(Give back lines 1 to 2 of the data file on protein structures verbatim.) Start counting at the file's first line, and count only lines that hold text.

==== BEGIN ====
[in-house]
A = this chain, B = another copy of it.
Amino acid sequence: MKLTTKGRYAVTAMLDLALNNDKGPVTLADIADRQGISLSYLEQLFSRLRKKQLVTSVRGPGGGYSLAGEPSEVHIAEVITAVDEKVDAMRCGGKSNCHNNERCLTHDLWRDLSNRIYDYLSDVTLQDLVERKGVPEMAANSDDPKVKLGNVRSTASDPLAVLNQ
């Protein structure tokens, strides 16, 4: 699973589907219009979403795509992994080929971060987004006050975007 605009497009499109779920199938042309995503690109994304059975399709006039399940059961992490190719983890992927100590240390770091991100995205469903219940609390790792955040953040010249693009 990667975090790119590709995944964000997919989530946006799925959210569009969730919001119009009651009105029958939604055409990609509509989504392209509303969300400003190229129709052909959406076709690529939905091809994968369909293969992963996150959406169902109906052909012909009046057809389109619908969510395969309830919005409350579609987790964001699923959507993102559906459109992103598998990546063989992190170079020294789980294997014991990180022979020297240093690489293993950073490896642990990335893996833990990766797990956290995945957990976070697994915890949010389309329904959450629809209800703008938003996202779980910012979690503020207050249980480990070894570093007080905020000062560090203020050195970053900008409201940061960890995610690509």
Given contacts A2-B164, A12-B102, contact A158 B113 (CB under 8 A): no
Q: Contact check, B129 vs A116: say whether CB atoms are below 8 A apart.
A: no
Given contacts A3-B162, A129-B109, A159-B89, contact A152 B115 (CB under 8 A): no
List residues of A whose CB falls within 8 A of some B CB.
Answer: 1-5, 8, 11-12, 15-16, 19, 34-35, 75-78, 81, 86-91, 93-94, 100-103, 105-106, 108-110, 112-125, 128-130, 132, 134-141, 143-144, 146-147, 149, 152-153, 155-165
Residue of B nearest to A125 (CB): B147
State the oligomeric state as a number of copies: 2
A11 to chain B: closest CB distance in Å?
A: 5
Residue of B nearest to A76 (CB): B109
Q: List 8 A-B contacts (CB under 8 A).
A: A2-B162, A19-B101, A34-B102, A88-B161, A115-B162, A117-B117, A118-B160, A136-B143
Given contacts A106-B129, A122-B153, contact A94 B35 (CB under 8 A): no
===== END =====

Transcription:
[in-house]
A = this chain, B = another copy of it.